Health groups fear bill could lead to return of pizza, fries in schools

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Health advocates are blasting provisions in federal funding legislation that are seen as dialing back school nutrition standards, even as the White House seeks to downplay the riders as “minor adjustments” to the first lady’s signature policy.

The bill known as “cromnibus,” contains language that would allow states to exempt struggling districts from having to offer all whole grain products and eases requirements for schools to reduce sodium levels.

Critics who lobbied against more restrictive nutrition rules hailed the language as a win.

The American Heart Association, meanwhile, worries the changes will open the door for more legislation that will allow schools to revert back to serving pizza and French fries every day for lunch.

“I don’t think we quite know the extent of what these provisions will do and how to move forward with them,” AHA’s Government Relations Manager Kristy Anderson said. “This is the tip of the iceberg for them to keep chipping away and rescind a popular law that works.”

The White House, which formally came out Thursday in support of the $1.1 trillion package, is denying that the riders will have any major impact on Michelle Obama’s prized standards, which are in line with her efforts to combat childhood obesity.

“In light of the efforts to roll back school nutrition standards, we consider the minor adjustments to the standards a real win for kids and parents,” Sam Kass, the executive director of the first lady’s “Let’s Move!” initiative said in a statement.

“The Administration will continue to support districts across the country in every way we can to achieve the goal of providing good nutritious food for students,” added Kass, who is stepping down as President Obama’s personal chef at the end of the month.

The AHA is also upset about language in the bill that will keep schools from being able to use federal funds to implement the second round of sodium reductions in 2017 “until the latest scientific research establishes the reduction is beneficial for children.”

Sodium levels in school lunches now under the Healthy, Hunger-Free Kids Act must be less than 1,230 miligrams in elementary schools, 1,360 mg in middle schools and 1,420 mg in high schools. By 2017, those numbers were expected to drop to 935 mg, 1,035 mg and 1,080 mg respectively.

“We know that reducing sodium and increasing fruits and vegetables is critical for the cardio vascular health of children across the U.S.,” said Laurie Whitsel, AHA’s director of policy research.

“We’re seeing high blood pressure more and more in young children and that’s related to the obesity epidemic and high levels of sodium in the food supply.”

Whitsel admits the current sodium levels aren’t unsafe. They just aren’t the optimal levels the dietary Guidelines of America recommend.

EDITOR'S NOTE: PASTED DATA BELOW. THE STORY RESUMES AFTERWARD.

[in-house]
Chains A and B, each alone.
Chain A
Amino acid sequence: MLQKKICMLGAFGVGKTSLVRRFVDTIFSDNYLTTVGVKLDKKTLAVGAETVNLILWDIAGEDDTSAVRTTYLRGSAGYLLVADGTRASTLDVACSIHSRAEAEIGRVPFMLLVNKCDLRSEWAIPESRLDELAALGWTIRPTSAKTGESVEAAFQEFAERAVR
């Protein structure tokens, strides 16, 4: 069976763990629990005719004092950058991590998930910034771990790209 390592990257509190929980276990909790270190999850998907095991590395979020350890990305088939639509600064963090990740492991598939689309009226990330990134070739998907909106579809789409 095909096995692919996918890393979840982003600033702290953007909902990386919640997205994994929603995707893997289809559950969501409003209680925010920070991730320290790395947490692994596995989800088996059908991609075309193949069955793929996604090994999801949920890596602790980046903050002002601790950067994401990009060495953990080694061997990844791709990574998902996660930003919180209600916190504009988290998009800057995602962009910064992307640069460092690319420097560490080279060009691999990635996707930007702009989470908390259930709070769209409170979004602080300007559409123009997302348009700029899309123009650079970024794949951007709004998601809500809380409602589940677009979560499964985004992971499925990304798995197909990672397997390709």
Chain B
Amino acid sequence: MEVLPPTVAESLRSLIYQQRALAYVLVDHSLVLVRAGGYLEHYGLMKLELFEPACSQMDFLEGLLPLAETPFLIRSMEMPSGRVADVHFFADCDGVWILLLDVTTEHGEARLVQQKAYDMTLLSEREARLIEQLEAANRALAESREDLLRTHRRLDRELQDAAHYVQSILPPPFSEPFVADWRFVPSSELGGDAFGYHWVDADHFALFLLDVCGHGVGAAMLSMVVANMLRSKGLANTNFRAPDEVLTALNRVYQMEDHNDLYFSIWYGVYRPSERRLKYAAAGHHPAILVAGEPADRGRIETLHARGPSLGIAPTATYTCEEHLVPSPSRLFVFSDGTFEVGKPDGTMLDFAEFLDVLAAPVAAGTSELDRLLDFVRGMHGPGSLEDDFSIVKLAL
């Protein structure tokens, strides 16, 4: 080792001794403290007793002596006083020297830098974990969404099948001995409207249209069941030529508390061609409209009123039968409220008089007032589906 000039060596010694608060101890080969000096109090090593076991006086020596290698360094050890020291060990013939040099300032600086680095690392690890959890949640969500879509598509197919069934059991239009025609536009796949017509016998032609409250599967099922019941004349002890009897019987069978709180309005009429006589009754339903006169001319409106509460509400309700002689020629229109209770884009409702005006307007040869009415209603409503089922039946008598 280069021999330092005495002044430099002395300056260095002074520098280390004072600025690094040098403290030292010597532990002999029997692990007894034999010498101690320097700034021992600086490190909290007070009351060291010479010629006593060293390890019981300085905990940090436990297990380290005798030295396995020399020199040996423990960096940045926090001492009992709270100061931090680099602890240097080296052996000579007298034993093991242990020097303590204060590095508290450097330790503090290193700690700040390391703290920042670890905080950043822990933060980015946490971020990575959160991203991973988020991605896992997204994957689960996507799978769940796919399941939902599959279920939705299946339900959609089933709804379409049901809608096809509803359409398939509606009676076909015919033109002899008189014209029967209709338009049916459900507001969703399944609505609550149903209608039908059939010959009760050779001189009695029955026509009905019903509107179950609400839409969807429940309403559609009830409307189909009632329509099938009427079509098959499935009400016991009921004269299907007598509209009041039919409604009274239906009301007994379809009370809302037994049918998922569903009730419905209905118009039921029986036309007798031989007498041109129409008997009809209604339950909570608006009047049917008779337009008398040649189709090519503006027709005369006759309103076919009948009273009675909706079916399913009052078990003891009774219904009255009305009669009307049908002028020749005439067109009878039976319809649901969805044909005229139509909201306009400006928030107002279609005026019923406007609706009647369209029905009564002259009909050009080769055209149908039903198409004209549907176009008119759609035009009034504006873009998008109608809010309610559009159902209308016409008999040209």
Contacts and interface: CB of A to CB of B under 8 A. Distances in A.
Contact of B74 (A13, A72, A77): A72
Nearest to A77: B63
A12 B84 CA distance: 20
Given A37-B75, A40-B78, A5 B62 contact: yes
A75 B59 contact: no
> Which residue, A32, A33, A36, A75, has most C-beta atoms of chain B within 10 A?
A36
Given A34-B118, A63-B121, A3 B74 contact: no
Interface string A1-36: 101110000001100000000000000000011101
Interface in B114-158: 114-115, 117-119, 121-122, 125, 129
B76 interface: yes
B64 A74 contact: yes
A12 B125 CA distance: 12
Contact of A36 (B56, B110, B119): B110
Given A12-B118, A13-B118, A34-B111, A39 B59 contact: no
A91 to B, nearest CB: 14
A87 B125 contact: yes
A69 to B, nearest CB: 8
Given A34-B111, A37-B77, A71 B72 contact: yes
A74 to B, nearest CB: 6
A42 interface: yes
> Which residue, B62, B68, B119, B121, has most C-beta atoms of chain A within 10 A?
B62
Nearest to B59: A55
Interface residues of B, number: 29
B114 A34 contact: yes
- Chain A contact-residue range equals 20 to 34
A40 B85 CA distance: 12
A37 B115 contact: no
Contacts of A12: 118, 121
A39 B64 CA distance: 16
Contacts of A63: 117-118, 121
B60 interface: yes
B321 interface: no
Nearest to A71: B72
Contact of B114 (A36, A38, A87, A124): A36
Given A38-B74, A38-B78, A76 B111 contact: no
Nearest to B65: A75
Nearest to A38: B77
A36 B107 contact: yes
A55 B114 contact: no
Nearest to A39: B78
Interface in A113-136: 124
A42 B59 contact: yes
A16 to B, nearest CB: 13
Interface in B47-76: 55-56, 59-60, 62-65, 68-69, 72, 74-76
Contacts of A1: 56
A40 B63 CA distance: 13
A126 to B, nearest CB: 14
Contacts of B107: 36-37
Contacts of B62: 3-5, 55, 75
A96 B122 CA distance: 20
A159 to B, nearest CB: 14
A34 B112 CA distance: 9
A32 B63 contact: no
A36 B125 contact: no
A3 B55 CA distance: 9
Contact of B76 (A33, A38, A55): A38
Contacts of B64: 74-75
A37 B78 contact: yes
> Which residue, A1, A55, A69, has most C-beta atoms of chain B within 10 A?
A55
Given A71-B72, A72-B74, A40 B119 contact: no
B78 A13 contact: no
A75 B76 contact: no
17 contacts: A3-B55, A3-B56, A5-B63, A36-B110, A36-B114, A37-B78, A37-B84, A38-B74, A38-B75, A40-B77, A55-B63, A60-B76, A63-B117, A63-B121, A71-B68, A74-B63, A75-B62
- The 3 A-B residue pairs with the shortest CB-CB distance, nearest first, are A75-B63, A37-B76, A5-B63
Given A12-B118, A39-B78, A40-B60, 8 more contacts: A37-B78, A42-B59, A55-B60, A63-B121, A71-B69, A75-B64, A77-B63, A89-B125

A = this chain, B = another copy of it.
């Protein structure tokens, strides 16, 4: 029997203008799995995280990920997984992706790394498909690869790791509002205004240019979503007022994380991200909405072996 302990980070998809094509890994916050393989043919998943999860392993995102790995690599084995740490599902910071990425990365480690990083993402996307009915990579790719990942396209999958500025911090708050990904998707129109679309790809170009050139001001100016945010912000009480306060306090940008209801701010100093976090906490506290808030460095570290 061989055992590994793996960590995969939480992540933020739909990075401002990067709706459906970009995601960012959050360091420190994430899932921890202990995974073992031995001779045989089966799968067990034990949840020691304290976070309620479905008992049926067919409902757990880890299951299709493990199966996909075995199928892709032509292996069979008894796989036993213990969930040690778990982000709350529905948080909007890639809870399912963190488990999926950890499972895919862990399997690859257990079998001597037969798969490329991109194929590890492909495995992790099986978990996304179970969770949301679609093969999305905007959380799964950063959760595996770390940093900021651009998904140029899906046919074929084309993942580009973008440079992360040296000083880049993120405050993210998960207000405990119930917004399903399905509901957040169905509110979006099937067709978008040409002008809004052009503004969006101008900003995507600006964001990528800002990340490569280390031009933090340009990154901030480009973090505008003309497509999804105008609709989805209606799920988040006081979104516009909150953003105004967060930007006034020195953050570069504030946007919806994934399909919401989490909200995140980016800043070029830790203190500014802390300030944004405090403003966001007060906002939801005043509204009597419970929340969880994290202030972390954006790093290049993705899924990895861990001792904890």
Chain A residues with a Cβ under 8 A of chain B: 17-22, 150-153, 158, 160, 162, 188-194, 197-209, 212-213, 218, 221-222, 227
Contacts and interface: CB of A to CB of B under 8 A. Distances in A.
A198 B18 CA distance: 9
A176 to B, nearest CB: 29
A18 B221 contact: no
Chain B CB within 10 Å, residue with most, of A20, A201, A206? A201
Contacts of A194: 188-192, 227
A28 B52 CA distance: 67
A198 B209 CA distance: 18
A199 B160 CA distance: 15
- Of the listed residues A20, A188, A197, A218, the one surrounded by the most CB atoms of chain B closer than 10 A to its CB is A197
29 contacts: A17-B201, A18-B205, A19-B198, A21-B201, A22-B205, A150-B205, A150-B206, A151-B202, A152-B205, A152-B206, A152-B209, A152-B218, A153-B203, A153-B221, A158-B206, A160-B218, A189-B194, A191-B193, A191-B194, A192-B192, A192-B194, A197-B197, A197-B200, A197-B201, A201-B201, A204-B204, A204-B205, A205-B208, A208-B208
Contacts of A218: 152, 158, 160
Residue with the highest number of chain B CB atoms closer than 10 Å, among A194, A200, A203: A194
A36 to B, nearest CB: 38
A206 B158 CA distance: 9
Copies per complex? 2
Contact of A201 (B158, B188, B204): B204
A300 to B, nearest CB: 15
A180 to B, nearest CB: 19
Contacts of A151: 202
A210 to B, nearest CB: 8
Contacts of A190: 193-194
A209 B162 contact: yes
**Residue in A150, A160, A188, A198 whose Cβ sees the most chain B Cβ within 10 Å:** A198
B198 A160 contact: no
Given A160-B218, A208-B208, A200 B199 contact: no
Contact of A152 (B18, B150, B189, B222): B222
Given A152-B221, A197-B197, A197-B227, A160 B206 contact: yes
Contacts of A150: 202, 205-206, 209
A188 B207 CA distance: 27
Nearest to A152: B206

Still, Jessica Donze Black, a child nutrition expert at the Pew Charitable Trusts, believes that U.S. Department of Agriculture’s Dietary Guidelines for Americans, due out next year, will provide sufficient data to trigger the more stringent standards.

As for whole grains, Cromnibus allows schools struggling financially to revert back to 2012 standards, which require only 50 percent of all grains used in meals to be whole grains rather than the new 100 percent standard, which kicks in this year.

The School Nutrition Association, a vocal critic of the tougher regulations, is calling this new flexibility a win for its members.

“We strongly support the legislation and see it as a critical first step in addressing unintended consequences that have resulted from some of the regulations,” SNA Spokeswoman Diane Preatt-Heavner.

The national nonprofit said it couldn’t wait until next year’s reauthorization of the Healthy, Hunger-Free Kids Act to lobby for more relaxed rules. The group instead hired Barnes & Thornburg LLP to push through riders in the appropriations bill.

Preatt-Heavner said SNA members are having a hard time financially keeping up with the current standards that require everything from croutons to the breading on chicken patties to be whole grain rich.

“In surveying our members, only 18 percent expect their program to break even by end of the 2014-2015 school year, over 50 percent expect costs to exceed revenue and the remaining are unsure,” she said.

“And school meal programs are not permitted to carry losses over from one year to the next, so when school meal programs can’t break even, the school district is required to pick up the tab.”

The bill, however, does include $25 million for school food equipment again this year to help districts purchase “sectionizers” and slicers to help cut more fruits and vegetables.

Though Donze Black believes the nutrition standards shouldn’t be changed through the appropriations process, she said there is a silver lining: it could have been worse.

“What came out at the end is less damaging than what was originally proposed,” she said. “We appreciate that they didn’t include waivers that would have been a full-scale rollback.”

This story was updated at 10:08 a.m. to correct Donze Black’s title. She works at Pew Charitable Trusts. 

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